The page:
What were your key achievements of 2017?
Undoubtedly this has to be the continuing success of our students’ achievement in 2017; our students attained more A*/A grades than ever before with almost two thirds of the grades A* – B. Overall the average grade achieved was a B. What this means, is that Sacred Heart girls have successfully met their University offers and gained places on their first choice destinations.
We were particularly pleased for the girls who are now reading Medicine at Cambridge, Medicine at Oxford and Geography at Cambridge. A Sacred Heart education has always been about helping our students to realise their personal dreams and ambitions. So it is wonderful to report, that our students continue to leave us with excellent qualifications, embarking upon some very exciting university courses and apprenticeships.
As an RSC Lead Associate School, we demonstrate a deep commitment to sharing Shakespeare's work with children of all ages and abilities using RSC approaches.Anita Bath, Headteacher,Sacred Heart School
Once again, Sacred Heart has been listed as one of the top 250 secondary schools in the whole of the UK. The list compares over 3,000 state funded schools and ranks them in order of their GCSE and A-Level results. Sacred Heart is one of only 5 schools in the North East to be listed in the top 250.
What will the New Year bring?
We opened our new auditorium in January 2018. It is a fabulous resource and provides our girls with a fantastic professional theatre which seats nearly 500 and can accommodate a full orchestra. The sprung floor means our dancers have a wonderful place to perform and the Undercroft space provides an ideal social area for intervals and following performances. So we are now looking forward to the many shows and performances that are scheduled throughout the year ahead, including our annual visit from the Royal Shakespeare Company in spring.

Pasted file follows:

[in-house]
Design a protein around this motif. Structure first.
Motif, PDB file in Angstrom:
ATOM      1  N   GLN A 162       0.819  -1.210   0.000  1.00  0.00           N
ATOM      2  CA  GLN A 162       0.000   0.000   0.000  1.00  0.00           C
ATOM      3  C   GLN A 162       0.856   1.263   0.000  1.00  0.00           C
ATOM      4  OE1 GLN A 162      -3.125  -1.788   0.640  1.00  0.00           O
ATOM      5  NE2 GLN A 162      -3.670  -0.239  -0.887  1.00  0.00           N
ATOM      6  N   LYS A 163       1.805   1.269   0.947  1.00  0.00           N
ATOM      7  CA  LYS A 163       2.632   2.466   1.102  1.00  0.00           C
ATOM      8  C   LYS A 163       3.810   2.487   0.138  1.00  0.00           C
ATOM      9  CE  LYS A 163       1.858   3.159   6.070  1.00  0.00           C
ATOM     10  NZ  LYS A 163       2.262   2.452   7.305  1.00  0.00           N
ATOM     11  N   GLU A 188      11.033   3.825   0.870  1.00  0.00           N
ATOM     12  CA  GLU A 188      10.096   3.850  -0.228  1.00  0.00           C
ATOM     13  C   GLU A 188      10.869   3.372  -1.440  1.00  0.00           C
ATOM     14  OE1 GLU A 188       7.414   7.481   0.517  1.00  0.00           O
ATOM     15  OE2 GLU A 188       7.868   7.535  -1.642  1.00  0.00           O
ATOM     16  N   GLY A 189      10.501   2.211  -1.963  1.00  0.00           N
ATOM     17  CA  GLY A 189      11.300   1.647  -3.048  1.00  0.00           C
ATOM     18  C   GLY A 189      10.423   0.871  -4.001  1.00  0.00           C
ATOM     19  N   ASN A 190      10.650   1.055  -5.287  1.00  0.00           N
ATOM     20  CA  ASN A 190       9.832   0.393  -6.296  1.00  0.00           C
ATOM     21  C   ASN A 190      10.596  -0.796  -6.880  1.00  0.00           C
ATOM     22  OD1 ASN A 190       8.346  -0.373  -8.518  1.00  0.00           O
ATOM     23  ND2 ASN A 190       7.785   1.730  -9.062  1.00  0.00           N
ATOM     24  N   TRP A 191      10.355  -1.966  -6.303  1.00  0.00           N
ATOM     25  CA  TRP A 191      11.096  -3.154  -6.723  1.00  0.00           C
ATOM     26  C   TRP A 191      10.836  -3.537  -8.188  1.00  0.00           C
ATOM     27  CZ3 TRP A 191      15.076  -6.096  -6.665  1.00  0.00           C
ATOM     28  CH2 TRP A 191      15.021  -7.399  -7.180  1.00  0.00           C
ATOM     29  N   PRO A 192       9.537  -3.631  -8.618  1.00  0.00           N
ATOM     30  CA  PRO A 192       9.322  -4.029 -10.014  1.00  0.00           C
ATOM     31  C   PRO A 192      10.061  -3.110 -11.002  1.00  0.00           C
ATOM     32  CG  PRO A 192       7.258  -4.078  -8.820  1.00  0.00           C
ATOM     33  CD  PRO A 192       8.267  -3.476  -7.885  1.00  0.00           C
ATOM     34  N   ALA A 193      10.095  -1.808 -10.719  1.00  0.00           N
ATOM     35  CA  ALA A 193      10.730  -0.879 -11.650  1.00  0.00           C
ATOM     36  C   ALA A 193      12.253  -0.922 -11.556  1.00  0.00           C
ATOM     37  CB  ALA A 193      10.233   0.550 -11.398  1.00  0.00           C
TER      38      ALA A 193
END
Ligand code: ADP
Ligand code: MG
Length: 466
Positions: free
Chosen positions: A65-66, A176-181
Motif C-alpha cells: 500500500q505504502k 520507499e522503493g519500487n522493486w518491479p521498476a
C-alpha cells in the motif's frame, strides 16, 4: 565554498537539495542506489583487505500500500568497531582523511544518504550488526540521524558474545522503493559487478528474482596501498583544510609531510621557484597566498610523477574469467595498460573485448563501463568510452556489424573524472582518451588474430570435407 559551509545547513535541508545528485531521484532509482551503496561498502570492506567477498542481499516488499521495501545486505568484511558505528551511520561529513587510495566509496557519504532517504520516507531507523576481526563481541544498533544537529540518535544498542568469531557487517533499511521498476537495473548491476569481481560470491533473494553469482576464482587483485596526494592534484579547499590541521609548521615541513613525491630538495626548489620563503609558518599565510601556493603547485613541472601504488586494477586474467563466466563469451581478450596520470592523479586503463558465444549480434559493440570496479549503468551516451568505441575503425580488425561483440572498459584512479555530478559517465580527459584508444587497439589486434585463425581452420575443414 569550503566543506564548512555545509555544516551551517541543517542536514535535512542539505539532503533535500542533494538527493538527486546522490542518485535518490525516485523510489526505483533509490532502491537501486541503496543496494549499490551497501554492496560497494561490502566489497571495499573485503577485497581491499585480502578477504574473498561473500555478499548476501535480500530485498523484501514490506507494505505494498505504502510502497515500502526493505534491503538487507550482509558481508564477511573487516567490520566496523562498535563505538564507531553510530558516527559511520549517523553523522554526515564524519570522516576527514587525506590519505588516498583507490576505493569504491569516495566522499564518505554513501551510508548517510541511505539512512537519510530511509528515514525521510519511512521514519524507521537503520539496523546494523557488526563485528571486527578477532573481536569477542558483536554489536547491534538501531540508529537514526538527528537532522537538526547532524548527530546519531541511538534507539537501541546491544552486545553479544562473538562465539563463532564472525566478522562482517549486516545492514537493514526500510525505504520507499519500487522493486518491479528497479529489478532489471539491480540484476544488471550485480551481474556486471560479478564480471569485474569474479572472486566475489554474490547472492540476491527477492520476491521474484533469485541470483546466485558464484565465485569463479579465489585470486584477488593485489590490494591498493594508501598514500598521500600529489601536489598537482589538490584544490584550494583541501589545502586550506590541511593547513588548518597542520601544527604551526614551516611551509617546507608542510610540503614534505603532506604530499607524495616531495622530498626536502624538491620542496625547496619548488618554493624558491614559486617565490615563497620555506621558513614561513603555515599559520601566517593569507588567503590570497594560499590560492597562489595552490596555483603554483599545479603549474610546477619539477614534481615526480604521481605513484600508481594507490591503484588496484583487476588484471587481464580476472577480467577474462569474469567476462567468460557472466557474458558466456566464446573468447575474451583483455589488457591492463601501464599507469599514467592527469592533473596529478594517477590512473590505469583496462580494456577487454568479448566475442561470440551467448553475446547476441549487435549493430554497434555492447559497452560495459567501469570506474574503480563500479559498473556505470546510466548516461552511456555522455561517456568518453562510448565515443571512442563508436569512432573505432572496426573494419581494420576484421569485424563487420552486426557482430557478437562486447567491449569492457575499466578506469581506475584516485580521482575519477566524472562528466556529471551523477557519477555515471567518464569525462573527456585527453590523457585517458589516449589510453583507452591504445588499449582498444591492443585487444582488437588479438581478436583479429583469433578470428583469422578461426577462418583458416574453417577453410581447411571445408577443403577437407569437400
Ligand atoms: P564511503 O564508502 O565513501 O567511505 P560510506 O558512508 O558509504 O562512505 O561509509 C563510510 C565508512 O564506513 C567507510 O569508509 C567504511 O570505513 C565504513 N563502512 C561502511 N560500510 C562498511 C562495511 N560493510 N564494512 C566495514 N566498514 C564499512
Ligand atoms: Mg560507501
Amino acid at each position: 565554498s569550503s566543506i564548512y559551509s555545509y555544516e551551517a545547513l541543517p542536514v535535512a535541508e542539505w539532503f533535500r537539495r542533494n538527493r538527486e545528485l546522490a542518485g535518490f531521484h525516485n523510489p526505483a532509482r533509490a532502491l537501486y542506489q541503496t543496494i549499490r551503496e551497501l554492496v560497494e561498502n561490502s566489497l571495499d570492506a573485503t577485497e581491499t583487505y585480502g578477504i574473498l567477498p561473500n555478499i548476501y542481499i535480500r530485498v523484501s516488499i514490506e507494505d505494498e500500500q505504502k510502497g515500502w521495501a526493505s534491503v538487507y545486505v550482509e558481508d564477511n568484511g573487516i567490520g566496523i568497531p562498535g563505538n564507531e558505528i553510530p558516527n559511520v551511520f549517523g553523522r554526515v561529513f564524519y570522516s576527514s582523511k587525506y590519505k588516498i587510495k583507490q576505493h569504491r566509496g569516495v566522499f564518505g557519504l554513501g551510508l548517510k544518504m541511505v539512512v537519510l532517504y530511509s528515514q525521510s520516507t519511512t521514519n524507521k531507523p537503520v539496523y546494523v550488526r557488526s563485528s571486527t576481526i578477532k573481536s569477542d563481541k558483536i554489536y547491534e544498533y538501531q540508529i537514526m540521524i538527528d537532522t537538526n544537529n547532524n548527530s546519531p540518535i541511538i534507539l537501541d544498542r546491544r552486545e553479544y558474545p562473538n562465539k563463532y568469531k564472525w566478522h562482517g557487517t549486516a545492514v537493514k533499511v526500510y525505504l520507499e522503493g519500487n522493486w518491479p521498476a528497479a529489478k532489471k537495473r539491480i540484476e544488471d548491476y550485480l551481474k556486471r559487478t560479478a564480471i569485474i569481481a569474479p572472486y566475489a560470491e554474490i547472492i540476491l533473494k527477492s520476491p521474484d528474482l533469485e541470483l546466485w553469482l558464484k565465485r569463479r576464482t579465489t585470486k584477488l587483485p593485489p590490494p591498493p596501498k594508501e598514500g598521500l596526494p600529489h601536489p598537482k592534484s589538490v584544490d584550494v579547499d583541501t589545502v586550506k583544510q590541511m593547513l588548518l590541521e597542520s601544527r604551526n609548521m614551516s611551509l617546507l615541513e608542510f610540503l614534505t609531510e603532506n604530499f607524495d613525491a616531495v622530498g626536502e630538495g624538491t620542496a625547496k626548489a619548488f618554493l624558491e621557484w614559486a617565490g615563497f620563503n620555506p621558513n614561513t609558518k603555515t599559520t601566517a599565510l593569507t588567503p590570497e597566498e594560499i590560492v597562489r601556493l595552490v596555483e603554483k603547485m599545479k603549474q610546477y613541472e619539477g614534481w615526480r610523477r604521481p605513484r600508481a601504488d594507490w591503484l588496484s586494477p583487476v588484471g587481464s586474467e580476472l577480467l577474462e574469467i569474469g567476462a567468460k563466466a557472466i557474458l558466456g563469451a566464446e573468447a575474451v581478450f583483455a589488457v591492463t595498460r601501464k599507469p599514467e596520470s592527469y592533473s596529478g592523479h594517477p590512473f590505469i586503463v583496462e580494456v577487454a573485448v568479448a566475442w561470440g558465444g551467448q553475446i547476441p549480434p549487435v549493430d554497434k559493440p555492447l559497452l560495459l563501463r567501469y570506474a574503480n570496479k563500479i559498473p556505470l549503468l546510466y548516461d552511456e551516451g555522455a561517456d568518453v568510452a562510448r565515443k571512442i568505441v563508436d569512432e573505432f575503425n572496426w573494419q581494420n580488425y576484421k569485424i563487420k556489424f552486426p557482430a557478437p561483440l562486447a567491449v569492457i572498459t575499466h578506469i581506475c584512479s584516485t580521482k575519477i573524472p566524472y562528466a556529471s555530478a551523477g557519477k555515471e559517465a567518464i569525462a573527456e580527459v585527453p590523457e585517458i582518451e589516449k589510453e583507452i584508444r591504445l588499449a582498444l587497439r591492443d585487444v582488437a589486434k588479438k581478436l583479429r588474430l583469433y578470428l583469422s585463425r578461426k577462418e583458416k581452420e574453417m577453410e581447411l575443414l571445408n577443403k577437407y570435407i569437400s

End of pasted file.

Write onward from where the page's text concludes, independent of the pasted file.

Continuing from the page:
Tell us a little more about the RSC visit?
We have an ongoing relationship with the RSC as Sacred Heart is one of 10 schools nationwide who act as a ‘lead’ school as part of the RSC’s national Associate Schools programme. As an RSC Lead Associate School, we demonstrate a deep commitment to sharing Shakespeare’s work with children of all ages and abilities using RSC approaches. To do this, staff work intensively alongside practitioners from the RSC, Newcastle Theatre Royal and Northern Stage to learn how RSC actors approach Shakespeare in
the rehearsal room.
This year we are hosting four performances of Julius Caesar on 1st and 2nd March, where some of our students will actually feature in the performances.
We are also hosting, a performance of Macbeth on 26th and 27th April where the cast members are from Sacred Heart and our five Hub partner schools. The students involved will rehearse and take direction from the RSC.
Do you have any other trips/projects coming up?
As well as the usual language and skiing trips to European destinations, this year our students have two incredible opportunities ahead of them. In the summer, a large number of students will travel to Sri Lanka where they will undertake an array of activities that will help them to develop their personal resilience and confidence, including working with deprived children in a rural village: they will expand the school’s provision and deliver lessons in English as well as visiting a range of cultural sites.